Move To Early Turnover Of Civil

Move to Early Turnover of Civil Authority in Iraq?

One outcome of Paul Bremer’s frantic consultations in Washington on the rapidly deteriorating Iraq situation appears to have been a decision to move to some sort of sovereign Iraqi government quickly, and to worry about the writing of a constitution later.

Although this decision is long overdue, how it is done will be extremely important. Power cannot simply be handed over to the existing Interim Governing Authority. Its inability to get anything done helped to produce the crisis in the first place.

A politician appointed by the US would have no legitimacy.

The US must go back to the Garner plan, of calling a national congress of about 250 delegates from all over the country, chosen by their townships or clans. They must elect an interim president, who could appoint a cabinet. Holding such a national congress is risky, since the outcome is unpredictable. But it is the only way to get a legitimate government.

Observers keep pointing to the fatwa of Grand Ayatollah Sistani in which he demanded that delegates to any constitutional convention be elected, as having derailed any compromise on the IGC about how to select the drafters of a constitution. But it doesn’t seem widely known that Sistani issued another fatwa in which he said that any interim government could only be legitimate if it were elected by the Iraqi people, and were approved by the Najaf Grand Ayatollahs.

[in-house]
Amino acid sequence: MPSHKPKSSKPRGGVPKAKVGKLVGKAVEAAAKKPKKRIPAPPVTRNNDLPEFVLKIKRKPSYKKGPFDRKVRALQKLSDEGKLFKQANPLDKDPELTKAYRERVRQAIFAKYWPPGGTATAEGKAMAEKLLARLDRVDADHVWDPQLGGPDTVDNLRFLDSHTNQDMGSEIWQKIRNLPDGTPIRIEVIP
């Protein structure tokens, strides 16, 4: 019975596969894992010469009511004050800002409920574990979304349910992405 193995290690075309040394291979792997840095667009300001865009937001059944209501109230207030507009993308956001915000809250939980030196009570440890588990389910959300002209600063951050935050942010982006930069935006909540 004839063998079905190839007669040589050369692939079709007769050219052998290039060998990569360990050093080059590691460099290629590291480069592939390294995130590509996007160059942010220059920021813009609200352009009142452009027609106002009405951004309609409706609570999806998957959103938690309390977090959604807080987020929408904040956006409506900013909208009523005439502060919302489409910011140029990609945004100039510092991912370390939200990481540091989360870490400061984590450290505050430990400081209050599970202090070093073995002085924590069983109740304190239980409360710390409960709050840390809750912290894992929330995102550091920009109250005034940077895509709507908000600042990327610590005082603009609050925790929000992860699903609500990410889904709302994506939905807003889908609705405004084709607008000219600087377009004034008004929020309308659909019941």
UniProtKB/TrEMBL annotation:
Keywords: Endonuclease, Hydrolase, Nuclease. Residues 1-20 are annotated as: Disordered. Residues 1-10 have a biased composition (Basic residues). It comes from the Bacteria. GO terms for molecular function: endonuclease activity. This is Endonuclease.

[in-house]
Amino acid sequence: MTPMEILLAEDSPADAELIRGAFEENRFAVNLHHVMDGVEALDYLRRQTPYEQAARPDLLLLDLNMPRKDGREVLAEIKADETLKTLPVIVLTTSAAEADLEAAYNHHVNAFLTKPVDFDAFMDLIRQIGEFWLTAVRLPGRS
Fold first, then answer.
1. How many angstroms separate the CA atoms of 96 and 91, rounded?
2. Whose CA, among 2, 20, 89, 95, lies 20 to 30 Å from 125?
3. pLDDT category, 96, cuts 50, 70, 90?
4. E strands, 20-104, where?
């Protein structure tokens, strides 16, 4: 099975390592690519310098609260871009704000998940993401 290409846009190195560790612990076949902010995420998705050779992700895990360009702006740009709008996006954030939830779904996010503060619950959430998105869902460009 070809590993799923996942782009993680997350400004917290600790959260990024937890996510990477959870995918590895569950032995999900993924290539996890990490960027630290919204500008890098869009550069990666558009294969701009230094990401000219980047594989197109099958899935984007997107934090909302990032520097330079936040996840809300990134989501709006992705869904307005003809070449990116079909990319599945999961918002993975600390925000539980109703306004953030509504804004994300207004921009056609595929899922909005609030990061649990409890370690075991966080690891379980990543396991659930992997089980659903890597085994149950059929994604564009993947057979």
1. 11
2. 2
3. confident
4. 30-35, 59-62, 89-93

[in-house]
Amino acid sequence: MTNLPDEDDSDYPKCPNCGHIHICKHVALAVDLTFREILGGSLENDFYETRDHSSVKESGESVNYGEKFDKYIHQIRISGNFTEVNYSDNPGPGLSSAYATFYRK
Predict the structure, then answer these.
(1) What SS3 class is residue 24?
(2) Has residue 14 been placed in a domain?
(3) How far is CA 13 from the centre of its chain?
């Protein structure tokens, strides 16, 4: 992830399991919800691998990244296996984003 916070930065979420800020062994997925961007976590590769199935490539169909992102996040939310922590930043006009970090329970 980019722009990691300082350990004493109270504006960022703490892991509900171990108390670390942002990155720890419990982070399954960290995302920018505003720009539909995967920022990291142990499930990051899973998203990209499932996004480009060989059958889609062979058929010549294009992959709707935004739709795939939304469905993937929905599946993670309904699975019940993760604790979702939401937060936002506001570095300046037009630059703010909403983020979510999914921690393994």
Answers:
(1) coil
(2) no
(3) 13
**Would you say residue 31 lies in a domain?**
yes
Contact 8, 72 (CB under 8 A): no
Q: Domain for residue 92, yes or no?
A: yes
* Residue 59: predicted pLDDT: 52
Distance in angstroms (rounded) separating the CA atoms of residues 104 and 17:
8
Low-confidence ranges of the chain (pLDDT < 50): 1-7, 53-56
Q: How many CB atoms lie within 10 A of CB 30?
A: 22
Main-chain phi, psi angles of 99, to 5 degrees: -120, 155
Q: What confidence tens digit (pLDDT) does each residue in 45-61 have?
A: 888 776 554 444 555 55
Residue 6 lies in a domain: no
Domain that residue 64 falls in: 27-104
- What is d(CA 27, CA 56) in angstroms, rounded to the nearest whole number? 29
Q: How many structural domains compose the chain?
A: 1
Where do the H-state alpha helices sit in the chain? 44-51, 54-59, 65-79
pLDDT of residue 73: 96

So, just appointing Ahmad Chalabi president, or imposing a new Hashimite monarchy won’t do the trick. Neither would have any legitimacy, locally or internationally. The US is going to have to bite the bullet and let a sovereign leader emerge from post-war Iraq on the basis of some sort of vote.

That shouldn’t be so hard. In fact, that’s what I thought the Bush administration had been saying it was aiming for in removing Saddam. Any other way of proceeding will make the political and military situation worse, not better.

Nota bene: An Iraqi president elected by the people in some transparent and above-board process might at last be able to get countries like Egypt to commit troops to help provide security. An American appointee never could.

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